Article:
Millions of people experience spine problems that cause pain or disability, but not all of them will require surgery.
"Of the people who have spine problems, a small number will ultimately require surgery," says Scott Rushton, MD, orthopedic spine surgeon and co-medical director of the Brain and Spine Center at Lankenau Medical Center.
The reasons for spine surgery vary with a person's age and diagnosis. Teenagers may consider surgery to correct deformities, including scoliosis and curvature of the spine. Adults ages 20 to 50 may have problems with disks that have degenerated or slipped out of position, causing severe back pain and leg pain. Older adults may have spinal stenosis, a narrowing of the spinal canal that can press on the nerves, producing pain in the legs.
Surgery may be the only option in select cases--when a person is in severe pain, has instability from trauma, or has progressive nerve problems. For less severe problems, doctors try other treatments first, including physical therapy, medication, and spinal injections. If the problem persists, surgical options are discussed.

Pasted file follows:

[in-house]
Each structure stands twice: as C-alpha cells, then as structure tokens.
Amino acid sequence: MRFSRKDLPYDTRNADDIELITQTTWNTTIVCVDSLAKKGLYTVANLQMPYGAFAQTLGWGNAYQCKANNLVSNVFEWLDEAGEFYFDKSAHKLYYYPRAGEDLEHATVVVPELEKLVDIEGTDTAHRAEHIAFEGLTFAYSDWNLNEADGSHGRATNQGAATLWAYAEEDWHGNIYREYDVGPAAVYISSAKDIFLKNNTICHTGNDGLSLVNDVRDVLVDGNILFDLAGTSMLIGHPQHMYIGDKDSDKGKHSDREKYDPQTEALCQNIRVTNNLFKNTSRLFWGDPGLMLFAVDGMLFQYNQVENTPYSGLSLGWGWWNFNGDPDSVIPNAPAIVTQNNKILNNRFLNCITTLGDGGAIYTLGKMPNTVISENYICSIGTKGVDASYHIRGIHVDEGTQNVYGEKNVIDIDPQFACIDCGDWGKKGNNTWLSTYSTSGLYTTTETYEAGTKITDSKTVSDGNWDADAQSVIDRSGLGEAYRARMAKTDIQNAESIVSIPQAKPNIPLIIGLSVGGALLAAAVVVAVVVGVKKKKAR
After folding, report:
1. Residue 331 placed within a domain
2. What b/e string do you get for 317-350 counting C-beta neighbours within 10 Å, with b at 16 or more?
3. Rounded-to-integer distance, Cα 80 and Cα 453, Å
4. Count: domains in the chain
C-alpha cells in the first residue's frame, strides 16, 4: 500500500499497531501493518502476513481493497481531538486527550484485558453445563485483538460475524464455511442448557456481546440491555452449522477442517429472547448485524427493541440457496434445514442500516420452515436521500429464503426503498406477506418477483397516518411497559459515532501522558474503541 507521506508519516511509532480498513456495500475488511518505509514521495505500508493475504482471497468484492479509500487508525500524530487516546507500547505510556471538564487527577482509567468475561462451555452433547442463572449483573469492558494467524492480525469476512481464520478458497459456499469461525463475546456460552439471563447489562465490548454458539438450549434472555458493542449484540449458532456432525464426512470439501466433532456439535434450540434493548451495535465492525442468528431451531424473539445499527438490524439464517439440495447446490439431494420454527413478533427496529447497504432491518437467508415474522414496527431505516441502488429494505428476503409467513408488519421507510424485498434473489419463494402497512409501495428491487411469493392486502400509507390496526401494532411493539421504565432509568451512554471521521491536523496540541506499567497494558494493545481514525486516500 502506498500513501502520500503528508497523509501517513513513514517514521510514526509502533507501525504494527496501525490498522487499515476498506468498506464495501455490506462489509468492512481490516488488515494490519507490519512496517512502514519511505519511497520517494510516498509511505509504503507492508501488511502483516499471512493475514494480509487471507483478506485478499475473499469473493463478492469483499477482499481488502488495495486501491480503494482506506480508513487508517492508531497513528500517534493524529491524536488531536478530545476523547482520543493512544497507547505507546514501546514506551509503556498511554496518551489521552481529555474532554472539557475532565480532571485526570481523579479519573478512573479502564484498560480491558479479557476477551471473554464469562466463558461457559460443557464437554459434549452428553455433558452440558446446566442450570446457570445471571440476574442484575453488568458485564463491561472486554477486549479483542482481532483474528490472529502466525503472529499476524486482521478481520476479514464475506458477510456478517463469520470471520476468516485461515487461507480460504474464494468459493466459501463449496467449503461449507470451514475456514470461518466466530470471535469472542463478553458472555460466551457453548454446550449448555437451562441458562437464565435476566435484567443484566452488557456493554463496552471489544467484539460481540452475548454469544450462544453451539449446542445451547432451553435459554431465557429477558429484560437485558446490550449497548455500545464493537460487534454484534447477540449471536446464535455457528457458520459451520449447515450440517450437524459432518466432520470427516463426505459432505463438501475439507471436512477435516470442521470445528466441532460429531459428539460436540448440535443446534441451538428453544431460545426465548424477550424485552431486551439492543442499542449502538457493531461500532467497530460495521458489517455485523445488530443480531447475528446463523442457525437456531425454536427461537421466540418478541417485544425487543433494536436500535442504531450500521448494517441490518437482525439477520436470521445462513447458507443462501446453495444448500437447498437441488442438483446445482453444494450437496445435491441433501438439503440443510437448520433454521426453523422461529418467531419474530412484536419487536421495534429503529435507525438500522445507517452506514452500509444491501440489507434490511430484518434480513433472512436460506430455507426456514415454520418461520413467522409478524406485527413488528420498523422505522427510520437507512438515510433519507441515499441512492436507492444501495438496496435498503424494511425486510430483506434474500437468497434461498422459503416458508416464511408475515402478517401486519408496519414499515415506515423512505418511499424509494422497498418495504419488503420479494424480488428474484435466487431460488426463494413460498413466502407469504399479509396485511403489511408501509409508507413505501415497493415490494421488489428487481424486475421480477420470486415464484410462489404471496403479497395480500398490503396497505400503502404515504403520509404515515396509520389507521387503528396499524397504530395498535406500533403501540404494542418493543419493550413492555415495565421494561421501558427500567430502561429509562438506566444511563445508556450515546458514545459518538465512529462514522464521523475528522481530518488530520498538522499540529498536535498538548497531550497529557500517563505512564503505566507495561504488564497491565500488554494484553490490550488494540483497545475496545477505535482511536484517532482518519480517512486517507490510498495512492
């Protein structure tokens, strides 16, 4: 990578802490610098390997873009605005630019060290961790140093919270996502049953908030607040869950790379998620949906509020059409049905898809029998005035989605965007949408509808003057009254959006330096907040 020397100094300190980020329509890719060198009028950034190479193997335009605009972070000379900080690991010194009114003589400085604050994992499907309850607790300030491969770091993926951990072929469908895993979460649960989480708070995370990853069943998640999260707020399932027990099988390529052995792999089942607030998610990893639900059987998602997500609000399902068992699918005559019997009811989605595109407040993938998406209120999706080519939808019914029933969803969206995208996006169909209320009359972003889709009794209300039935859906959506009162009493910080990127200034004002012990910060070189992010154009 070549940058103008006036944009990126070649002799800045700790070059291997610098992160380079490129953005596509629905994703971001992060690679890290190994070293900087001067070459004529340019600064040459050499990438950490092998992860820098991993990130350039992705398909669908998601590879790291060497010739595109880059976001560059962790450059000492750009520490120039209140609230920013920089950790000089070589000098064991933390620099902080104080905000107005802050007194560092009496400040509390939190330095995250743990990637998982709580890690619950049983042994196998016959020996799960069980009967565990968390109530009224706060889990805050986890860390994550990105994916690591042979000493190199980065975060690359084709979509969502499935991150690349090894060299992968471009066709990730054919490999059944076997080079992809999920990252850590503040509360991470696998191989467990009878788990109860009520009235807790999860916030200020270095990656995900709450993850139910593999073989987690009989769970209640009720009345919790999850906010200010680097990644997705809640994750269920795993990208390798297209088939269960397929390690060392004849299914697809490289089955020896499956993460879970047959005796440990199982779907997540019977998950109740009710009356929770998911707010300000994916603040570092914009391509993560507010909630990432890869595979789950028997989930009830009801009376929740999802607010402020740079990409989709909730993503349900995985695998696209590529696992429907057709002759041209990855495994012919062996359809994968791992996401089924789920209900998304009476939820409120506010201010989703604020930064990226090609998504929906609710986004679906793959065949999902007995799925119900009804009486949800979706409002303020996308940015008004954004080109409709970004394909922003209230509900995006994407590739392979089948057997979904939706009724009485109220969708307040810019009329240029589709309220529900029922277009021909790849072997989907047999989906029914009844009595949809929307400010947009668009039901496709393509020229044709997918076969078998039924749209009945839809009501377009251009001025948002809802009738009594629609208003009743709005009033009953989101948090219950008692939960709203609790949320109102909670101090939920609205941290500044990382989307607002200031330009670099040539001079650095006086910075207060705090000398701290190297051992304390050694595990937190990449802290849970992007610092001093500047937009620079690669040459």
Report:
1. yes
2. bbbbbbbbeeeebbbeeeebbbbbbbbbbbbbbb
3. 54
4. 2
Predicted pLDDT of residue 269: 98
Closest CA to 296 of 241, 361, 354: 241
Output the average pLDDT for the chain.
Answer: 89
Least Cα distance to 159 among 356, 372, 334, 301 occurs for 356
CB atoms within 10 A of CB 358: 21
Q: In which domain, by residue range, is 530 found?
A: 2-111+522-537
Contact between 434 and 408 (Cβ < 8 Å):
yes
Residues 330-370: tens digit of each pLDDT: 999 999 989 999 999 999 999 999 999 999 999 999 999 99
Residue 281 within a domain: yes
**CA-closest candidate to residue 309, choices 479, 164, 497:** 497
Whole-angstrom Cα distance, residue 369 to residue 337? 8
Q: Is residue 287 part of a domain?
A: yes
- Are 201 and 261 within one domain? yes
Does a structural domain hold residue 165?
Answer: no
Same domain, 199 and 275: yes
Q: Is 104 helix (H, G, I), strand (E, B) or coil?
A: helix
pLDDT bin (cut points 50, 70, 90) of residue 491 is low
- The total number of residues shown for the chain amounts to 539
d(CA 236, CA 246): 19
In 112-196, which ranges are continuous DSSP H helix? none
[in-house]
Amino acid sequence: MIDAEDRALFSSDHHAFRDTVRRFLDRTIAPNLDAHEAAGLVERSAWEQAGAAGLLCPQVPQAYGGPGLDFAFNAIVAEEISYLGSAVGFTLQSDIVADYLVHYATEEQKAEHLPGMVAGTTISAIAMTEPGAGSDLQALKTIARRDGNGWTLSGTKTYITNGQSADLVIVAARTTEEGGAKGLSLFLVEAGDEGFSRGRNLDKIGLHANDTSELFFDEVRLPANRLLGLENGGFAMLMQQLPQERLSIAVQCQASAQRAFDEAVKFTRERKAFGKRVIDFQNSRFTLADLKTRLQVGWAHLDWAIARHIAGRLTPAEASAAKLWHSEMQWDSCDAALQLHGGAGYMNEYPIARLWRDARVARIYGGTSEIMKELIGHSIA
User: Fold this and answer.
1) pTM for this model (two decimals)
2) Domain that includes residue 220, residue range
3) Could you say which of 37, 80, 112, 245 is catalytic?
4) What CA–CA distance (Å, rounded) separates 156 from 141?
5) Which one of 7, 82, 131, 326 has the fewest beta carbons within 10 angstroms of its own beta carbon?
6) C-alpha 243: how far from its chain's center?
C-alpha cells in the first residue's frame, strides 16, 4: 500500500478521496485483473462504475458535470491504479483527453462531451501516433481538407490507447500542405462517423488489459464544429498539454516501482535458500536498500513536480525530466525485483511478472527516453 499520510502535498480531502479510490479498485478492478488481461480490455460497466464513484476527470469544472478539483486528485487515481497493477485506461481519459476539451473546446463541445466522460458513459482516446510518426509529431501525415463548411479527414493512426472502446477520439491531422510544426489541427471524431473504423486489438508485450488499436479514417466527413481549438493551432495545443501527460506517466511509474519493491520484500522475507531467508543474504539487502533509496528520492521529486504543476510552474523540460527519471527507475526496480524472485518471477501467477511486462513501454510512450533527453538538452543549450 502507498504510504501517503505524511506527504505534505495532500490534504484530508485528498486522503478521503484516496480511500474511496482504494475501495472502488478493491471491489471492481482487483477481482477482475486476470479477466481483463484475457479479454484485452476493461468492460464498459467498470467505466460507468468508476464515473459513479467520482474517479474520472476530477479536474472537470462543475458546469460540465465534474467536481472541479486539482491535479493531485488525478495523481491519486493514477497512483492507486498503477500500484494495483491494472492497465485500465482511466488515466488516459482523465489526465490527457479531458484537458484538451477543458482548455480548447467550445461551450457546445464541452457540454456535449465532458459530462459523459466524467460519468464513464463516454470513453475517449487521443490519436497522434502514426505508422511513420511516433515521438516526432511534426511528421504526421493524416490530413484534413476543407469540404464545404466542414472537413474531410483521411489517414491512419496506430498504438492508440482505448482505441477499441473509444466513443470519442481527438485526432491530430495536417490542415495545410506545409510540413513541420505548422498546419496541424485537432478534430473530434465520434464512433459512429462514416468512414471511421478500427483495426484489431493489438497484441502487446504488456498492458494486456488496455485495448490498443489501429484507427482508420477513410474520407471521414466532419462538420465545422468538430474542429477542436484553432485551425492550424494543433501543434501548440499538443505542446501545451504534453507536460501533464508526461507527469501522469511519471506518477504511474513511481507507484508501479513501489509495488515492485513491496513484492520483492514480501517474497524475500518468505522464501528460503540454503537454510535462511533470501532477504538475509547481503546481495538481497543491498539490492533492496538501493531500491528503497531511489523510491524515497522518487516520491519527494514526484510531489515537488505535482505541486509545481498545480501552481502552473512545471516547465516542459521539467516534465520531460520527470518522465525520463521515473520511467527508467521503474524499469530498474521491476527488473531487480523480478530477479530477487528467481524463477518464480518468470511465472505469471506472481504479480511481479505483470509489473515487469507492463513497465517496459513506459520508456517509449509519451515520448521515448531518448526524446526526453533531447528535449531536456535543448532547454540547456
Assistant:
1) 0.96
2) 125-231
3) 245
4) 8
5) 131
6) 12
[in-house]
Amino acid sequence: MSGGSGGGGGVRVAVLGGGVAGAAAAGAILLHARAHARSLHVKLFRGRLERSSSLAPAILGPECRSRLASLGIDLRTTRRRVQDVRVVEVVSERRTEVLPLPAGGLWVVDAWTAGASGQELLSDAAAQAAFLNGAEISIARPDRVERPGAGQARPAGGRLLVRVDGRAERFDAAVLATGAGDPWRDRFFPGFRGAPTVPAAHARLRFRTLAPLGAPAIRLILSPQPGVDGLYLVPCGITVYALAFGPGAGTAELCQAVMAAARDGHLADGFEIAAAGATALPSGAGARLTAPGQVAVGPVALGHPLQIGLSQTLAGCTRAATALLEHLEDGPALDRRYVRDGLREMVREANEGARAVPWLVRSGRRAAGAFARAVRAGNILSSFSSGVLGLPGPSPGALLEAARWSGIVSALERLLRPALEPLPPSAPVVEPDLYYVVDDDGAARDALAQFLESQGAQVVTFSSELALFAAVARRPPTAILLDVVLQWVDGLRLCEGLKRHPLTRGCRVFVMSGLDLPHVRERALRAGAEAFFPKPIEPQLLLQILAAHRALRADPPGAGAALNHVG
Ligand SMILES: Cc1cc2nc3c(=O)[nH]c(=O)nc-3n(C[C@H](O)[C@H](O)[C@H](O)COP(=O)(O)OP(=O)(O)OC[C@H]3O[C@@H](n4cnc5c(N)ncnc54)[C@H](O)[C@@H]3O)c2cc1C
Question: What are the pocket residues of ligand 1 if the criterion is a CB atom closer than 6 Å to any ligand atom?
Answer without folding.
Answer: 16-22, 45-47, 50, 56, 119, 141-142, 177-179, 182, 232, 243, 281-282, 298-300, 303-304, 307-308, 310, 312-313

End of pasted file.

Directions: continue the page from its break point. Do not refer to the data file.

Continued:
There are three different types of spine surgery:
- Decompression: Bone or other tissue is removed to take pressure off a nerve of the spinal cord.
- Stabilization or fusion: Bone grafts or metal rods and screws are used to fuse vertebrae together, making a strong bridge across a spinal segment.
- Corrective procedures: Spinal fusion and other techniques are used to straighten deformities.
If you have a back problem, talk with your doctor first.
"Ask to be referred to a spine specialist if your condition doesn't improve after initial treatments," says Peter Le Roux, MD, neurosurgeon and co-medical director of the Brain and Spine Center at Lankenau Medical Center.